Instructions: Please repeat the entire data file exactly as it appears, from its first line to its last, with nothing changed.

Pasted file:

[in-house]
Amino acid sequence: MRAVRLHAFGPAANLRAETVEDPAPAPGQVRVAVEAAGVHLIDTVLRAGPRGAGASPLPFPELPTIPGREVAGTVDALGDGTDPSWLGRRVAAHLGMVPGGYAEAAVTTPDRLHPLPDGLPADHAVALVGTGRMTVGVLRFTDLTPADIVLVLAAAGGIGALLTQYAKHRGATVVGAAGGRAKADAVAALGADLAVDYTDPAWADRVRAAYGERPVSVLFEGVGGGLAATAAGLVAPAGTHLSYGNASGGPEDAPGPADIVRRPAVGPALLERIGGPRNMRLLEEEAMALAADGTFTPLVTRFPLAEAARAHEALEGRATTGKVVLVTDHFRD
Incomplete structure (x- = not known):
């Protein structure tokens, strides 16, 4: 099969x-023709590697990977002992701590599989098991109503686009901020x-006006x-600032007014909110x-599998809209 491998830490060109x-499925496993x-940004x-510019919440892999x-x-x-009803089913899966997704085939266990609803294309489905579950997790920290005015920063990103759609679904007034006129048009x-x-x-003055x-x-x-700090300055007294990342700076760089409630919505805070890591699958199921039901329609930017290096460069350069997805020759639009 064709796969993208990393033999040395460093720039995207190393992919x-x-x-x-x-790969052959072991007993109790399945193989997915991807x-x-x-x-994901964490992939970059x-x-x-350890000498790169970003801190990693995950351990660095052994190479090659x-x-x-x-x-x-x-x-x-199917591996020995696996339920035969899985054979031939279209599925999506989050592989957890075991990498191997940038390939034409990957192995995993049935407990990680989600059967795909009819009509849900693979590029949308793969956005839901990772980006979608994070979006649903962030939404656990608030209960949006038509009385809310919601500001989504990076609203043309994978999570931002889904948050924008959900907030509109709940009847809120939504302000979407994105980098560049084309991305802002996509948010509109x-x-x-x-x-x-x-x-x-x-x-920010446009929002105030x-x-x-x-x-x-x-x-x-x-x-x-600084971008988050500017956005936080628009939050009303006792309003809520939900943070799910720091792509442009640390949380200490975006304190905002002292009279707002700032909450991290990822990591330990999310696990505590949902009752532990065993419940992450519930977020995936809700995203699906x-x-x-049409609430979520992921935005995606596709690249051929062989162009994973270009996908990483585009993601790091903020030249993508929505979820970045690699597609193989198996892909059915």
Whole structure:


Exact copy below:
[in-house]
Amino acid sequence: MRAVRLHAFGPAANLRAETVEDPAPAPGQVRVAVEAAGVHLIDTVLRAGPRGAGASPLPFPELPTIPGREVAGTVDALGDGTDPSWLGRRVAAHLGMVPGGYAEAAVTTPDRLHPLPDGLPADHAVALVGTGRMTVGVLRFTDLTPADIVLVLAAAGGIGALLTQYAKHRGATVVGAAGGRAKADAVAALGADLAVDYTDPAWADRVRAAYGERPVSVLFEGVGGGLAATAAGLVAPAGTHLSYGNASGGPEDAPGPADIVRRPAVGPALLERIGGPRNMRLLEEEAMALAADGTFTPLVTRFPLAEAARAHEALEGRATTGKVVLVTDHFRD
Incomplete structure (x- = not known):
């Protein structure tokens, strides 16, 4: 099969x-023709590697990977002992701590599989098991109503686009901020x-006006x-600032007014909110x-599998809209 491998830490060109x-499925496993x-940004x-510019919440892999x-x-x-009803089913899966997704085939266990609803294309489905579950997790920290005015920063990103759609679904007034006129048009x-x-x-003055x-x-x-700090300055007294990342700076760089409630919505805070890591699958199921039901329609930017290096460069350069997805020759639009 064709796969993208990393033999040395460093720039995207190393992919x-x-x-x-x-790969052959072991007993109790399945193989997915991807x-x-x-x-994901964490992939970059x-x-x-350890000498790169970003801190990693995950351990660095052994190479090659x-x-x-x-x-x-x-x-x-199917591996020995696996339920035969899985054979031939279209599925999506989050592989957890075991990498191997940038390939034409990957192995995993049935407990990680989600059967795909009819009509849900693979590029949308793969956005839901990772980006979608994070979006649903962030939404656990608030209960949006038509009385809310919601500001989504990076609203043309994978999570931002889904948050924008959900907030509109709940009847809120939504302000979407994105980098560049084309991305802002996509948010509109x-x-x-x-x-x-x-x-x-x-x-920010446009929002105030x-x-x-x-x-x-x-x-x-x-x-x-600084971008988050500017956005936080628009939050009303006792309003809520939900943070799910720091792509442009640390949380200490975006304190905002002292009279707002700032909450991290990822990591330990999310696990505590949902009752532990065993419940992450519930977020995936809700995203699906x-x-x-049409609430979520992921935005995606596709690249051929062989162009994973270009996908990483585009993601790091903020030249993508929505979820970045690699597609193989198996892909059915």
Whole structure: